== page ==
Christine Hilgert, who runs the Oracle Applications Users Group's annual Collaborate show (the next of which takes place April 7-11, 2014, in Las Vegas), hosts a webcast two to three weeks before the event to prepare her exhibitors. "We'll run data off the attendance and let them know how many people are coming, what kind of decision makers we might have or how many international attendees there might be," she says. "They need to know what they're walking into so they can make the most of their time during the show."

Other major show partners, like the general contractor or the mobile app developer, are invited to take part in the webcast so exhibitors have a chance to ask logistical questions. Send newsletters. For those on the tightest of budgets, training or education can come in the form of an email newsletter. "It can offer content such as tips about being better exhibitors, sponsorship opportunities and how attendance numbers are tracking, in addition to increasing regular communication with partners," says Kevin Miller, president of Frost Miller, a strategic integrated marketing firm in the trade show and association space.  

Newsletters also are great vehicles for dispensing all manner of helpful background information. In advance of Collaborate, Christine Hilgert sends monthly newsletters to her exhibitors with bits of news or research she thinks would be valuable to them. "We'll give them access to different reports or papers from places like the Center for Exhibition Industry Research or the International Association of Exhibitions and Events," she says. "We also send whatever we think will help them during the show."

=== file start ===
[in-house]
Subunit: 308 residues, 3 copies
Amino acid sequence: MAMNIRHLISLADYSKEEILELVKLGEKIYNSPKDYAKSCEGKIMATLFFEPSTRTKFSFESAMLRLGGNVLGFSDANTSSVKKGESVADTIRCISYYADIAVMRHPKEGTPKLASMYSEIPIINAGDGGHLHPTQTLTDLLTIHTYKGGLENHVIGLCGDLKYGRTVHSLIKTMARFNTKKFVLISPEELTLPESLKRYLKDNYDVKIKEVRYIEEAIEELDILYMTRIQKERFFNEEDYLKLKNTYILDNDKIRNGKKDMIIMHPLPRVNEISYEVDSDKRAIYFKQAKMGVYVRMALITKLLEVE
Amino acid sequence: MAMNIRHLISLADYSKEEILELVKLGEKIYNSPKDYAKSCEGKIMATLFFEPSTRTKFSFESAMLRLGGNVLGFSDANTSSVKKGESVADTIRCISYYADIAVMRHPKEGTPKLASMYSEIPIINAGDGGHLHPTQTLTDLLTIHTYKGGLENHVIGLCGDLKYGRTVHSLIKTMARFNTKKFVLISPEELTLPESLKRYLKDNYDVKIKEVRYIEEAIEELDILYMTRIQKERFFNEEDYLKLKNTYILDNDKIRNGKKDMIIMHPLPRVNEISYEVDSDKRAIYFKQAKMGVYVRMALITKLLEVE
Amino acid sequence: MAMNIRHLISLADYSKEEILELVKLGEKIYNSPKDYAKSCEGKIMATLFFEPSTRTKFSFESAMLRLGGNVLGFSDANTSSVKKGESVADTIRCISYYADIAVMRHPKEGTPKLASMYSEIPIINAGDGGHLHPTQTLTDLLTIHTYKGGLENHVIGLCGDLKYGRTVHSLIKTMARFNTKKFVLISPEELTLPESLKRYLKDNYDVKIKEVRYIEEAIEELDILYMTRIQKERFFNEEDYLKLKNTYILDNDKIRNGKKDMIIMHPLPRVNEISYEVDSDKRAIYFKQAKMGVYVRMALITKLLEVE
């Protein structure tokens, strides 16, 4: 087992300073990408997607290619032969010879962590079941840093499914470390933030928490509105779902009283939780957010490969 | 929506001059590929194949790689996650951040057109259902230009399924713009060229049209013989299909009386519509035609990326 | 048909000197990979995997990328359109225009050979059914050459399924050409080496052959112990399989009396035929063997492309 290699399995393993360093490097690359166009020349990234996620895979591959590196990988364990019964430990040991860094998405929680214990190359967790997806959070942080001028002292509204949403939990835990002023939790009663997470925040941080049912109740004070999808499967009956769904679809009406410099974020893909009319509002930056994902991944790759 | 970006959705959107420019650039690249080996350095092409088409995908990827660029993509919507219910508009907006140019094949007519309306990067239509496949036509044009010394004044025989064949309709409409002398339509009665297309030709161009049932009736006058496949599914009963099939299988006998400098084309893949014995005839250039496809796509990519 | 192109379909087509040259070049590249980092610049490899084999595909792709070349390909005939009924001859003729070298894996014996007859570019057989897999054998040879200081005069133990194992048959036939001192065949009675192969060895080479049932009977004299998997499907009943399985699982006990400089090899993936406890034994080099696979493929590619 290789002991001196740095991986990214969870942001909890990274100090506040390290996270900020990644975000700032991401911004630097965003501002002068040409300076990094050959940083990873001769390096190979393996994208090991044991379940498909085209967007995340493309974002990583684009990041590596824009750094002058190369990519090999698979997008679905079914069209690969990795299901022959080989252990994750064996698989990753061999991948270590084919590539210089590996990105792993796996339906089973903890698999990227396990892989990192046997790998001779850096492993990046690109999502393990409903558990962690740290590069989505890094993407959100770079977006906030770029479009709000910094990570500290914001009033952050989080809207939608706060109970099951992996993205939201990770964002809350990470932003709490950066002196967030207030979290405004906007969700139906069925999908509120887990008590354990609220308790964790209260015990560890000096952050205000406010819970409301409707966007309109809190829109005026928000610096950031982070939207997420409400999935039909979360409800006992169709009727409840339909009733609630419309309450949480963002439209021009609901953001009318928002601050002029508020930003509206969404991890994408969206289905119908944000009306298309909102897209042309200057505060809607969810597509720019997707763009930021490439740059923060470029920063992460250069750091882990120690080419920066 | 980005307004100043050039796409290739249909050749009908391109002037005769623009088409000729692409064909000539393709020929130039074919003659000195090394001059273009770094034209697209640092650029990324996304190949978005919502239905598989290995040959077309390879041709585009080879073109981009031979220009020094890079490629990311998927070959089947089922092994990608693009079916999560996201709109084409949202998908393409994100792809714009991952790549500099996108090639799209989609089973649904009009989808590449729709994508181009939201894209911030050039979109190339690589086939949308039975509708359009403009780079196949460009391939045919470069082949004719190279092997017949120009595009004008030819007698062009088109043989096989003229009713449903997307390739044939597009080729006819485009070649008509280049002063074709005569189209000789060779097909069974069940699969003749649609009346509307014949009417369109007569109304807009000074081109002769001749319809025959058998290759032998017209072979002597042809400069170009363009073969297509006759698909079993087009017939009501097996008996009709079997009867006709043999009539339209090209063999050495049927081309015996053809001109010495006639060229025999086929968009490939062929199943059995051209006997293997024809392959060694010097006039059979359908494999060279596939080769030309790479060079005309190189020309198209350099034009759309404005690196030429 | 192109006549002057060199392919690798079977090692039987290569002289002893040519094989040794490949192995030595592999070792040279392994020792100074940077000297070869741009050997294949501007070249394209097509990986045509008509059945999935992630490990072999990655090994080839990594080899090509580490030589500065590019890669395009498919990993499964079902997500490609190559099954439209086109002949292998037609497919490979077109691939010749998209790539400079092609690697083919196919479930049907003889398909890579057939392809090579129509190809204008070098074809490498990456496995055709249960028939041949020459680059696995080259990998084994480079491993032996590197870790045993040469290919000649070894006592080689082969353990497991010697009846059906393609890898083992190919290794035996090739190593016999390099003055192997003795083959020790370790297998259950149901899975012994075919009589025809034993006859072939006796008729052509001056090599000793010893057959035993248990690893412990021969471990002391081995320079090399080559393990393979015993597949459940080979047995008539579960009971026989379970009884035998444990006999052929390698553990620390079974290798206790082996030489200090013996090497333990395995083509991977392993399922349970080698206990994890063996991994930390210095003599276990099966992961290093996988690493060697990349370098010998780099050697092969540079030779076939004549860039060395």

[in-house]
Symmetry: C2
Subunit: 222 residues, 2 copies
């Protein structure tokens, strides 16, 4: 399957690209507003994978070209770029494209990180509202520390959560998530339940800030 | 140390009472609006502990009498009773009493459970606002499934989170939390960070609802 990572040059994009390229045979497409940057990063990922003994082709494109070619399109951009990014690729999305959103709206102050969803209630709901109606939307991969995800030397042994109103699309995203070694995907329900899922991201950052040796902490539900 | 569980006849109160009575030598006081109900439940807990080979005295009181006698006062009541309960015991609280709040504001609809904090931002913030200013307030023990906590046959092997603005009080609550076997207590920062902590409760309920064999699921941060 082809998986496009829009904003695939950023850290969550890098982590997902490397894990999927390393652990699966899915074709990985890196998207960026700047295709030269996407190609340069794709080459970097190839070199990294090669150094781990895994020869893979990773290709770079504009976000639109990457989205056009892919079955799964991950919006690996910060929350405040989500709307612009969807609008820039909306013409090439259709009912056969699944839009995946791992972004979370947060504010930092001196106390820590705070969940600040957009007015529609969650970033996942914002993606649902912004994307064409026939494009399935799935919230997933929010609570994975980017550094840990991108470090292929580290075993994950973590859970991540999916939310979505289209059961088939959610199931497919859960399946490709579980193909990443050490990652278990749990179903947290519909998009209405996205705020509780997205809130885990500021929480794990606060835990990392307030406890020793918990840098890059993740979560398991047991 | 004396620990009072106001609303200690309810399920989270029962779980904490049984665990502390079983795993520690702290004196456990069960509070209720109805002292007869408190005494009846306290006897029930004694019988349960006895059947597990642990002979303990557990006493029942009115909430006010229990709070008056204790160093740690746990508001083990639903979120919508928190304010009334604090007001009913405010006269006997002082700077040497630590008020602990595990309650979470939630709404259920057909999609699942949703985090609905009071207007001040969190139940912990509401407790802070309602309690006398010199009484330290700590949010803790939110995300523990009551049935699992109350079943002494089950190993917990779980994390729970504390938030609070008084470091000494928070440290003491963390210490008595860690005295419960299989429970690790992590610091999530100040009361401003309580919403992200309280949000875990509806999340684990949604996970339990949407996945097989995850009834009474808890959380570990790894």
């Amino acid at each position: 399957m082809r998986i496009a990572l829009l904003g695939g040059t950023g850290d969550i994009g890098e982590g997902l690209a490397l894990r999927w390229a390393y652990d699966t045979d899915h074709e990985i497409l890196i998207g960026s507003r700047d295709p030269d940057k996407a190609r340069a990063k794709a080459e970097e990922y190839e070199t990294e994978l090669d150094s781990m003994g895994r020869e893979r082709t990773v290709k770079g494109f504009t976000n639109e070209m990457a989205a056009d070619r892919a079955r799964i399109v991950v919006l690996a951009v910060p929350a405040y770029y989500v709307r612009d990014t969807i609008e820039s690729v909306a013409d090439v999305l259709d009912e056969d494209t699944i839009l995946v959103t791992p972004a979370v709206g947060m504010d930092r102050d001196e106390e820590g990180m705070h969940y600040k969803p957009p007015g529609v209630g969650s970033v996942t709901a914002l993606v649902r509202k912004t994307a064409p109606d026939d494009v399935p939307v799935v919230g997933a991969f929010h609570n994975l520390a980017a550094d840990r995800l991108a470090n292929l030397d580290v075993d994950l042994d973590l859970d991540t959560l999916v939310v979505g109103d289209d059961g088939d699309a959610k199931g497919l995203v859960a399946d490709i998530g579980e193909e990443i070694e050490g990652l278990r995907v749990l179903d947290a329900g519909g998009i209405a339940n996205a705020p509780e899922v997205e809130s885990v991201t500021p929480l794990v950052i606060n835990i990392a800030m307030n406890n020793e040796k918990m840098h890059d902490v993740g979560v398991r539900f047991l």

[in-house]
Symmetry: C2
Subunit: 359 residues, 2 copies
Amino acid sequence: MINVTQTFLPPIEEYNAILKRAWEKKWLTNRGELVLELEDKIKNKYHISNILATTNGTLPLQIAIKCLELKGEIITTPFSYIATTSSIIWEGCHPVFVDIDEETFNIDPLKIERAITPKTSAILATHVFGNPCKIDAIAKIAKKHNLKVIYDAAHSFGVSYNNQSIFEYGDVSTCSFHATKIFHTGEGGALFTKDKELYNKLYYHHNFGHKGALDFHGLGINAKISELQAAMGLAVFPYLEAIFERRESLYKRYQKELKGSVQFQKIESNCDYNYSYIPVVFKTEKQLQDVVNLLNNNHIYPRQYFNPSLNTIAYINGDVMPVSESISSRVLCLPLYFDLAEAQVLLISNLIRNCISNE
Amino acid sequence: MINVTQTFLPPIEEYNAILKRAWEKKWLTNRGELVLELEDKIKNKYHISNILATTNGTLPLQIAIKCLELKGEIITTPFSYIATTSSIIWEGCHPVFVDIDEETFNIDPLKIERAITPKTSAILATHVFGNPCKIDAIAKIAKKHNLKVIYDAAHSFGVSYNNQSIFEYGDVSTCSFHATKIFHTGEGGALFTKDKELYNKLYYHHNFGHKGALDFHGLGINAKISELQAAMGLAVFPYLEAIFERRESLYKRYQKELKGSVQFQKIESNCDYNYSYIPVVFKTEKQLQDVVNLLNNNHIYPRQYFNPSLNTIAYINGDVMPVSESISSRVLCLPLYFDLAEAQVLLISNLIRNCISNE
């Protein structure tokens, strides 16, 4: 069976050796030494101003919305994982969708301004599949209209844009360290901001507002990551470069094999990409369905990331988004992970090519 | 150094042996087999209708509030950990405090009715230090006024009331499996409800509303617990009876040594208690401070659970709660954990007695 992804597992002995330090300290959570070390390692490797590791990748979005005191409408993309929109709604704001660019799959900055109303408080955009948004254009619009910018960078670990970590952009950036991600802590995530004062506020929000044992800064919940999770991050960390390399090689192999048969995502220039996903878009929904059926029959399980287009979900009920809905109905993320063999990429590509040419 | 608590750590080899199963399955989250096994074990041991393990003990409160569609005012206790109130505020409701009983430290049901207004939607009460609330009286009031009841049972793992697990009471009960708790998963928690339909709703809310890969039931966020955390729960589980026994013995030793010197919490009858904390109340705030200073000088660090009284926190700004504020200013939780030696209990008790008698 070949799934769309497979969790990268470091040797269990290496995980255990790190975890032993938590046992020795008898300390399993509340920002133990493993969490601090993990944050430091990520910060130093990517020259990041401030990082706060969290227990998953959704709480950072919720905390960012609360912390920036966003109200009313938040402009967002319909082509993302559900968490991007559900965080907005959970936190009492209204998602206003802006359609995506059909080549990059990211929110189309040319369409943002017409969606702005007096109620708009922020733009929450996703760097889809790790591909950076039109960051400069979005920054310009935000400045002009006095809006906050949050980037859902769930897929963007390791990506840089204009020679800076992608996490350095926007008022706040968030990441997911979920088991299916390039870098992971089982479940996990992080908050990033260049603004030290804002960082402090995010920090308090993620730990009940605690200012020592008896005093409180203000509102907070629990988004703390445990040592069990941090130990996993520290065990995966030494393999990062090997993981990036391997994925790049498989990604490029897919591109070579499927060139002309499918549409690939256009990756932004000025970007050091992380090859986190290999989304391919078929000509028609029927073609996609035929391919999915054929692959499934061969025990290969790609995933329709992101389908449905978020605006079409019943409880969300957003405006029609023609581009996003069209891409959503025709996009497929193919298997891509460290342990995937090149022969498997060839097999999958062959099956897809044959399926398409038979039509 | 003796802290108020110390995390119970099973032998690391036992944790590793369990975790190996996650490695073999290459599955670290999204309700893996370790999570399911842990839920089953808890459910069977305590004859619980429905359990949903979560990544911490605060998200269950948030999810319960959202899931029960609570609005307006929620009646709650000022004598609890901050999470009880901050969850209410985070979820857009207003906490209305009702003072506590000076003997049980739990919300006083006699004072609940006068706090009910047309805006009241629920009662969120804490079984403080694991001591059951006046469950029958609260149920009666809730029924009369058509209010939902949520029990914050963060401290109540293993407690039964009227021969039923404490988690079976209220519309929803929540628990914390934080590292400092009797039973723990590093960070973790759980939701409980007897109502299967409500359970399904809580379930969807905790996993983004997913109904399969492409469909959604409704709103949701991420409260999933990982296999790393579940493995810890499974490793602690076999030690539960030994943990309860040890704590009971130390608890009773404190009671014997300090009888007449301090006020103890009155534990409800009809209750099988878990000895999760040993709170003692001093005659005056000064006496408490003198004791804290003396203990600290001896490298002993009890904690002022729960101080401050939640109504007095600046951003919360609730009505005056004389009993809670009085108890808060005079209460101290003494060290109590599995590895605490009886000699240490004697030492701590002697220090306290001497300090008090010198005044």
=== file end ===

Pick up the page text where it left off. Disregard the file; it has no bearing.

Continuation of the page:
Tout registration benefits
Shows such as the Astronaut Autograph and Memorabilia Show and the Oral Health Kansas Conference offer 10 percent discounts on booth space for returning exhibitors, but if your organization can't spare the registration revenue, giving veteran exhibitors a choice pick of booth locations on the show floor is one way to boost loyalty.

Establish a point system.
For each year that exhibitors sign on for a booth or serve as a sponsor at the annual Southeast Regional Fruit and Vegetable Conference (next to be held Jan. 9-12, 2014, at the Savannah International Trade and Convention Center in Georgia), they receive one or one-half point, respectively. Points accrue over the years, entitling the exhibitor with the most in any given year first choice of a spot on the floor. "This gives loyal exhibitors a chance to move to a desirable area of the show floor or stay in a familiar location," says Kelley Atkinson, who coordinates the show for the LaGrange, Ga.-based association management company Association Services Group.

Show appreciation
A simple show of gratitude toward exhibitors can go a long way.

Hold a reception. Janegale Boyd, president and CEO of LeadingAge Florida, a Tallahassee-based association representing senior-care services, holds an exhibitor appreciation reception in the board chair's suite just before the show begins, featuring premium liquor and hors d'oeuvres. "It's a no-agenda reception, simply to say thank you," she says.